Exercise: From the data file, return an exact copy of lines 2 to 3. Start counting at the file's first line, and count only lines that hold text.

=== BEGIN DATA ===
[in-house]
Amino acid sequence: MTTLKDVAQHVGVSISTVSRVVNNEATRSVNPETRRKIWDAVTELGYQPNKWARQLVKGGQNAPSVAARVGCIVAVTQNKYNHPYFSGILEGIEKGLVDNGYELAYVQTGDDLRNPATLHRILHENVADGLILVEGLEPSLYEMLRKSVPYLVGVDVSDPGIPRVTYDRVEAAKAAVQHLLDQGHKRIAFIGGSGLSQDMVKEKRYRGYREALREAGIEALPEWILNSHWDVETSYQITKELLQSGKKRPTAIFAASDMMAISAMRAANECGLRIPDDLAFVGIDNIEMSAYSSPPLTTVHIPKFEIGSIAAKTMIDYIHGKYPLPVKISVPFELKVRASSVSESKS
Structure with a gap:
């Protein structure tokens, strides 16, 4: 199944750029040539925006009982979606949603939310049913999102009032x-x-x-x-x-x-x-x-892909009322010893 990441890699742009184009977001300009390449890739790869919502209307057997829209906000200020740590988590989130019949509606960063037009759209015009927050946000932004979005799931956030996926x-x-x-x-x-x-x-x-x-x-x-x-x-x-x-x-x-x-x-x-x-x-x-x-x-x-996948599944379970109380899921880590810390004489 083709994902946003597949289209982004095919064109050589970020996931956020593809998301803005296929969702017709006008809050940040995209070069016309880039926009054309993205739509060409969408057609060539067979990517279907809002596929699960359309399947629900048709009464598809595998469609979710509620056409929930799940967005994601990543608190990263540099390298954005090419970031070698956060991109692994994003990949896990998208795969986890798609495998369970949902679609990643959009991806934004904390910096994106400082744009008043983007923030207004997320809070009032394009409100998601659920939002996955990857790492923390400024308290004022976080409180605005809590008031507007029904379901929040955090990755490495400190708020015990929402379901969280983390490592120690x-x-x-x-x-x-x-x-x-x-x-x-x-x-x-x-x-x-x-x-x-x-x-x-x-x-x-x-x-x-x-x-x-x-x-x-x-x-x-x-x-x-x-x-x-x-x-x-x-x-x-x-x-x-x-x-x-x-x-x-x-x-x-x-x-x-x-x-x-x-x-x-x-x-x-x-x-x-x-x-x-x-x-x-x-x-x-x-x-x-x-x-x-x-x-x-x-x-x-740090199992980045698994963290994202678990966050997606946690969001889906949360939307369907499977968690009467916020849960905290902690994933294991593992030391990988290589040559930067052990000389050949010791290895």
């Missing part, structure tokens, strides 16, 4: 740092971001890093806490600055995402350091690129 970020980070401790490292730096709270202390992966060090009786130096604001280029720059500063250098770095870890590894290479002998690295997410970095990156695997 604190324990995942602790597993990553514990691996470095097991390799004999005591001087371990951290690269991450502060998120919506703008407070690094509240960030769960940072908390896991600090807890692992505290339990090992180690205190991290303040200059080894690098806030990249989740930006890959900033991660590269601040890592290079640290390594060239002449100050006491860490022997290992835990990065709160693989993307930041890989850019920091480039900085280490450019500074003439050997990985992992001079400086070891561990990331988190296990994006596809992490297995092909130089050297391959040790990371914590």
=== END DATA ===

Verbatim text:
Amino acid sequence: MTTLKDVAQHVGVSISTVSRVVNNEATRSVNPETRRKIWDAVTELGYQPNKWARQLVKGGQNAPSVAARVGCIVAVTQNKYNHPYFSGILEGIEKGLVDNGYELAYVQTGDDLRNPATLHRILHENVADGLILVEGLEPSLYEMLRKSVPYLVGVDVSDPGIPRVTYDRVEAAKAAVQHLLDQGHKRIAFIGGSGLSQDMVKEKRYRGYREALREAGIEALPEWILNSHWDVETSYQITKELLQSGKKRPTAIFAASDMMAISAMRAANECGLRIPDDLAFVGIDNIEMSAYSSPPLTTVHIPKFEIGSIAAKTMIDYIHGKYPLPVKISVPFELKVRASSVSESKS
Structure with a gap: